CLEVELAND — The Cleveland Amtrak station can be a quiet place during the day, trains passing through here for Chicago and New York do so under cover of darkness in the middle of the night. But Amtrak is hoping to change that in a big way with $66 billion in new funding under the Infrastructure Act.
"I actually think it's going to be a new day for passenger rail," said Meredith Richards, Chair of the Rail Passengers Association which advocates for the improvement and expansion of rail service in the United States. What Amtrak wants to do in Ohio in the form of 3C+D would do that. Restoring rail service for the first time in 55 years between Cleveland and Cincinnati with stops in Columbus and Dayton. Despite being less than 250 miles apart, the last time Cleveland, Columbus, and Cincinnati were connected directly by rail was in 1967.
The three cities are the largest in the state of Ohio. Amtrak’s vision would turn both Cincinnati and Cleveland into new hubs for Amtrak service.
The idea first surfaced in 2010 when the Obama Administration offered the state $400 million to build what they dubbed a high-speed rail line. Then-Governor Ted Strickland initially said yes but when he lost his re-election bid new Governor John Kasich immediately said no citing the costs down the road to the state.
The difference rail supporters say is 12 years ago it was Ohio going to Amtrak with the pitch, this time it's the other way around.
"The 3C+D corridor is a priority for them, so this is a national entity coming in and saying Ohio if you work with us we can get this started," said Stu Nicholson of All Aboard Ohio. "The 3C+D is still the most densely populated and the most heavily traveled corridor in the state of Ohio. There's huge potential numbers there for ridership, literally right off the bat."
Last spring, DeWine said it was something that would need to be studied by the state before a decision was made.
"I think we have to know more, we have to know what the state's involvement would be, what kind of costs it would be for the state," the governor said in April.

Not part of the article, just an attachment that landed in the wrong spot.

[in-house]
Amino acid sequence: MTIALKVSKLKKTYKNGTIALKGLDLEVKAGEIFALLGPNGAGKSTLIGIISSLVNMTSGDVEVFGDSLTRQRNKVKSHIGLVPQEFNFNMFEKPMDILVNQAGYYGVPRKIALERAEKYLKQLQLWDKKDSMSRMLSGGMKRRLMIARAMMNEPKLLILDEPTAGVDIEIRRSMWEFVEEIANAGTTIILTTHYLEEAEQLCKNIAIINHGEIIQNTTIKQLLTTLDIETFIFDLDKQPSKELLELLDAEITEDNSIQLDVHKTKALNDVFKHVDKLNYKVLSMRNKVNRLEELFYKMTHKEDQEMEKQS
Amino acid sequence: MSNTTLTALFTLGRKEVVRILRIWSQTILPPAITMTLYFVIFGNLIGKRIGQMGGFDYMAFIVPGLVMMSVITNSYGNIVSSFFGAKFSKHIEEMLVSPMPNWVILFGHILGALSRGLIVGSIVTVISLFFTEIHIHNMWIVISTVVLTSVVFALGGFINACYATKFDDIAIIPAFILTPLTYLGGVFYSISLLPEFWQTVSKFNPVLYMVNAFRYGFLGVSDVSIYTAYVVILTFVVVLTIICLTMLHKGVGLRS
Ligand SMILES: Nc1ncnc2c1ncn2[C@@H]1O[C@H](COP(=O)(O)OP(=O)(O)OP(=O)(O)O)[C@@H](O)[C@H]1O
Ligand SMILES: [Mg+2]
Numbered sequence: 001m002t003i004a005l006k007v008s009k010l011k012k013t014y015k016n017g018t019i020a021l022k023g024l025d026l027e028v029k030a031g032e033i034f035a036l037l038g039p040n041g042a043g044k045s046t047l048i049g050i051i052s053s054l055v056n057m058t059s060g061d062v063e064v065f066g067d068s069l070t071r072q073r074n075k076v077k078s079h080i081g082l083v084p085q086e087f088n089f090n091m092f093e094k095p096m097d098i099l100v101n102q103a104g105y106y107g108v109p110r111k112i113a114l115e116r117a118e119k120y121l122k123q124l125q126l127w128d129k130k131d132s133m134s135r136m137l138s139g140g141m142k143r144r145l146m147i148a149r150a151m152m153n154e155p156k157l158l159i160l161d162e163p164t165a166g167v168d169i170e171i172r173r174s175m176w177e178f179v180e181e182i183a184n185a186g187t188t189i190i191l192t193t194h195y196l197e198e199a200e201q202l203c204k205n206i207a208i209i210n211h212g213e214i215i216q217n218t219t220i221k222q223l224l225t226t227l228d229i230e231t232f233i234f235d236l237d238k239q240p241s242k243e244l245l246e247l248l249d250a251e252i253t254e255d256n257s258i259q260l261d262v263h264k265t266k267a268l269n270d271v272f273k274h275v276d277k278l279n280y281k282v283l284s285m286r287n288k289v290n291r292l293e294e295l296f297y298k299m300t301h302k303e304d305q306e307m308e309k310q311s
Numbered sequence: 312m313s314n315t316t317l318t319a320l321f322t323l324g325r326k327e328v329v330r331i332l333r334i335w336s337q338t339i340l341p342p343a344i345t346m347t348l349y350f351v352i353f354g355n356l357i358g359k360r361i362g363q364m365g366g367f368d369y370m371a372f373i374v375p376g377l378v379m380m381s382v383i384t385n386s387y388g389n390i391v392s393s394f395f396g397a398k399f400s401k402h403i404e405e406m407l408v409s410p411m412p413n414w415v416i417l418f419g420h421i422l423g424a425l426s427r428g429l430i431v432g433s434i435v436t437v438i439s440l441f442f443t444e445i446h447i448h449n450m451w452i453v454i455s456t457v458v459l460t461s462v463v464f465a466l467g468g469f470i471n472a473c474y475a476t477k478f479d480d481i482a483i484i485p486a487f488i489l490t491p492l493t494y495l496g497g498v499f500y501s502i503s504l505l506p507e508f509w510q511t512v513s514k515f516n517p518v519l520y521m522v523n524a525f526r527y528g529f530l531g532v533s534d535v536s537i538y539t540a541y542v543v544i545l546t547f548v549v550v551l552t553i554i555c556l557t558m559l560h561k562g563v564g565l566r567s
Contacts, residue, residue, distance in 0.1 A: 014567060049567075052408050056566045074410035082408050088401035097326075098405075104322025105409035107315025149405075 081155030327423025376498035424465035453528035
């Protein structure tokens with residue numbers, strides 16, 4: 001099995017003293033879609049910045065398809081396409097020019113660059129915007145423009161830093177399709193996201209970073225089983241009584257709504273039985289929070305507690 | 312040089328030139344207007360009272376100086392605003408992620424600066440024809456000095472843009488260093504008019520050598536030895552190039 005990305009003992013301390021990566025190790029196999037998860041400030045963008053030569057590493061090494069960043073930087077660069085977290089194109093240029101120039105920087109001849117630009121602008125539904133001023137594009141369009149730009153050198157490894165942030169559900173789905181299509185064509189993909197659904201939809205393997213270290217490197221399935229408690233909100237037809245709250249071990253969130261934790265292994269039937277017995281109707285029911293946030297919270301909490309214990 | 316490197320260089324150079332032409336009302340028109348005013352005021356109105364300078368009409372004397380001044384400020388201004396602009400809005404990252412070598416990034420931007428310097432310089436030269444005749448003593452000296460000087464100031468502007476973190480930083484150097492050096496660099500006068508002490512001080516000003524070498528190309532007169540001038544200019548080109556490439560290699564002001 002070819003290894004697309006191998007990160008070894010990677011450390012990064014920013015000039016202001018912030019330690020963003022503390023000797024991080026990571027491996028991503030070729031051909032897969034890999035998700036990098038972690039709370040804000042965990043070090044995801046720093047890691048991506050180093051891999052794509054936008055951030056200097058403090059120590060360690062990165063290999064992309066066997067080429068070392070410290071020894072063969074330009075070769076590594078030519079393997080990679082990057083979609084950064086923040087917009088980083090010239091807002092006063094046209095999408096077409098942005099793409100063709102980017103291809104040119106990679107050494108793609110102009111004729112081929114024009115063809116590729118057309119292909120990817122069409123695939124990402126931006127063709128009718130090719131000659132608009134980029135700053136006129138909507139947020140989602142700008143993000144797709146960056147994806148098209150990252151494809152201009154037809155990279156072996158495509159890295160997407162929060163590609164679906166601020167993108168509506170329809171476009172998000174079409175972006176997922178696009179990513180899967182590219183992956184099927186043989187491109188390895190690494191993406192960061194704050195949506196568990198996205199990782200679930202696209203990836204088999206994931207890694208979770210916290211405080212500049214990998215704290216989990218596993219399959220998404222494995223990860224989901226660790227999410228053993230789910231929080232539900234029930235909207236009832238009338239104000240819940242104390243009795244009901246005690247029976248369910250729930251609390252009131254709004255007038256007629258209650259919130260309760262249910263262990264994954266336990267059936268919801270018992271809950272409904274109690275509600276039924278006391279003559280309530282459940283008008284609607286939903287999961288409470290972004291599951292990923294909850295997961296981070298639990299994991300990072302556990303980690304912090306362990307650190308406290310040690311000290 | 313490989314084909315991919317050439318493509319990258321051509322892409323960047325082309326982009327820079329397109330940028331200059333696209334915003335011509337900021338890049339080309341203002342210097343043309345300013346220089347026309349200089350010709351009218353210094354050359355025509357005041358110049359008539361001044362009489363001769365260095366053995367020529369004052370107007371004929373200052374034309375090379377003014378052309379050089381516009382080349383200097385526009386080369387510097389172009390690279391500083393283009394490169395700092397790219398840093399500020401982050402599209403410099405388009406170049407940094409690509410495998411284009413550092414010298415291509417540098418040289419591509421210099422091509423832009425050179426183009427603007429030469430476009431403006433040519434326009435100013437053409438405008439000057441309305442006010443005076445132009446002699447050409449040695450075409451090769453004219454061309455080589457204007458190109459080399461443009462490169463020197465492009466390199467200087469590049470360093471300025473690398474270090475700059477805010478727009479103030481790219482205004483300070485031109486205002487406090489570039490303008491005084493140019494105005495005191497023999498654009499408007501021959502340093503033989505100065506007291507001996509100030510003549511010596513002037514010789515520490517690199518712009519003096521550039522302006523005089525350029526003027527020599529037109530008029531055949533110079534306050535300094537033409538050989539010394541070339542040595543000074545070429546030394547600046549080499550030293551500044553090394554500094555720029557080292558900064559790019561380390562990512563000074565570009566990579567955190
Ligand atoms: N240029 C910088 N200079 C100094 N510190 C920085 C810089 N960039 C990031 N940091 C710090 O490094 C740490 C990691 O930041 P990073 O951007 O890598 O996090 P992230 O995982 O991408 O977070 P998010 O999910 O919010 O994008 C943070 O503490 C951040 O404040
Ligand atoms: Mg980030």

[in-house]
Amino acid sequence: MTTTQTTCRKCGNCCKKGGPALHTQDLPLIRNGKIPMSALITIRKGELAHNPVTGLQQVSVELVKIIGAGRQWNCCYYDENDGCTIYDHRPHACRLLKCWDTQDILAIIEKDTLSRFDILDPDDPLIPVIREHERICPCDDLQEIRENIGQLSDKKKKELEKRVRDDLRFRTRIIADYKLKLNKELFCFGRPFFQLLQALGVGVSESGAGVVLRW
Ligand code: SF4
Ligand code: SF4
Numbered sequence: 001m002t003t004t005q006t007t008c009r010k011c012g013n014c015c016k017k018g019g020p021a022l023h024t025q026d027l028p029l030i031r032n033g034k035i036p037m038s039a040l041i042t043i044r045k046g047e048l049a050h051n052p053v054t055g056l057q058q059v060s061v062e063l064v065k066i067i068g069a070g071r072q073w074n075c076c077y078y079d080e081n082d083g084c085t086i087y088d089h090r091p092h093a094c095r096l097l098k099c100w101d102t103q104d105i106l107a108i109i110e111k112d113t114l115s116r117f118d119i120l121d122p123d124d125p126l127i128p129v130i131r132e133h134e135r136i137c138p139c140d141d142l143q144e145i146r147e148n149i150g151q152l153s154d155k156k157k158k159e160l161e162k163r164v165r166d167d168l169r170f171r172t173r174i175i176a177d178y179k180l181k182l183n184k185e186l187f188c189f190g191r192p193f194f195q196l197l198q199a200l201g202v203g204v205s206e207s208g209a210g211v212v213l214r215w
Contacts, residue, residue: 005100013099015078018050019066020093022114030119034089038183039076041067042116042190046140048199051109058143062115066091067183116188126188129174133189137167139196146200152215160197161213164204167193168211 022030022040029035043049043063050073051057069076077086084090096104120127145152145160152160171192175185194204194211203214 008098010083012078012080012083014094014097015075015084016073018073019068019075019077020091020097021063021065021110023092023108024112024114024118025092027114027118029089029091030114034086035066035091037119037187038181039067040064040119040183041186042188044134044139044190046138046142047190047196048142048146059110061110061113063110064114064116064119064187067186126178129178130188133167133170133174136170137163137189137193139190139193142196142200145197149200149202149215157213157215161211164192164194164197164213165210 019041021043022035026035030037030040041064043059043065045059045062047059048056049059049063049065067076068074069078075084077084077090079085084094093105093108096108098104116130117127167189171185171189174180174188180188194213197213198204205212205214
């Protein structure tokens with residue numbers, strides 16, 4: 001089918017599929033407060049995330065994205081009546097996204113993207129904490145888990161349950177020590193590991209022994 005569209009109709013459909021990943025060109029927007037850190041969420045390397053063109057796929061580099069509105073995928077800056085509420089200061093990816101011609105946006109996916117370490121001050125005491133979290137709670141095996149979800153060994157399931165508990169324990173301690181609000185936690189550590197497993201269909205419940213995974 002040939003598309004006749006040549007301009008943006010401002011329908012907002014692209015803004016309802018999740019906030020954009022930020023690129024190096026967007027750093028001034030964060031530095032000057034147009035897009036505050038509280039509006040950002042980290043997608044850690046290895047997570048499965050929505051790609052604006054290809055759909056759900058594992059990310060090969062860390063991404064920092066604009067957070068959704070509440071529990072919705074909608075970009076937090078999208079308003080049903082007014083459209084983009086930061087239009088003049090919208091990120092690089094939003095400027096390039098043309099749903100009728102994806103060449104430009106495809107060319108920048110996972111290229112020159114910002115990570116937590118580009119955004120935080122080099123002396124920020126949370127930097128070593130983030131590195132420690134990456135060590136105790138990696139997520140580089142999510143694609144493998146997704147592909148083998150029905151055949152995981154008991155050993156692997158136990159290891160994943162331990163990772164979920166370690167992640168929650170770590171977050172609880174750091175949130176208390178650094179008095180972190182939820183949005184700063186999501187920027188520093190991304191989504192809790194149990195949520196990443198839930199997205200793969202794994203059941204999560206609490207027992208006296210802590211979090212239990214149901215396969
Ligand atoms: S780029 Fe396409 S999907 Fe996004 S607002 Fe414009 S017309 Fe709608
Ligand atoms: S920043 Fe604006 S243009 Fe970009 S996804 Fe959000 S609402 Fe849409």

Madison Butler of the Rail Passengers Association told News 5 "for Ohio specifically they're going to need to identify local funding sources that will be required for the funding match, those are about 20%. So there will kind of be a match between the state and federal involvement there."
Secretary of Transportation Pete Buttigieg told News 5 in the fall his message to the governor would be let's talk.
"Well I'm definitely happy to engage the governor and any local decision-makers who are involved here because really it is in the midwest we see some of the best opportunities for unlocking economic growth through high quality train service," said Buttigieg.
Those are the two keywords supporters argue, economic growth. Columbus is the second-largest city in the nation without Amtrak Rail Service and Amtrak's proposal came last year before Intel announced it's multi-billion dollar entry into the state. Something supporters argue the governor will need to keep in mind.
"This is something that has a direct impact on enlarging the available workforce for employers like Intel," said Nicholson.
A spokesman for the governor telling News 5 only that "there are no updates at this time" related to the governor's decision making process. While supporters say they'd like a yes they appreciate that it is being studied and hopefully the conclusion the governor reaches will be different than the one 12 years ago.
"My hope is this doesn't become another political football," Nicholson said. "Ohio's got a second chance, you don't get many second chances and this is a good second chance."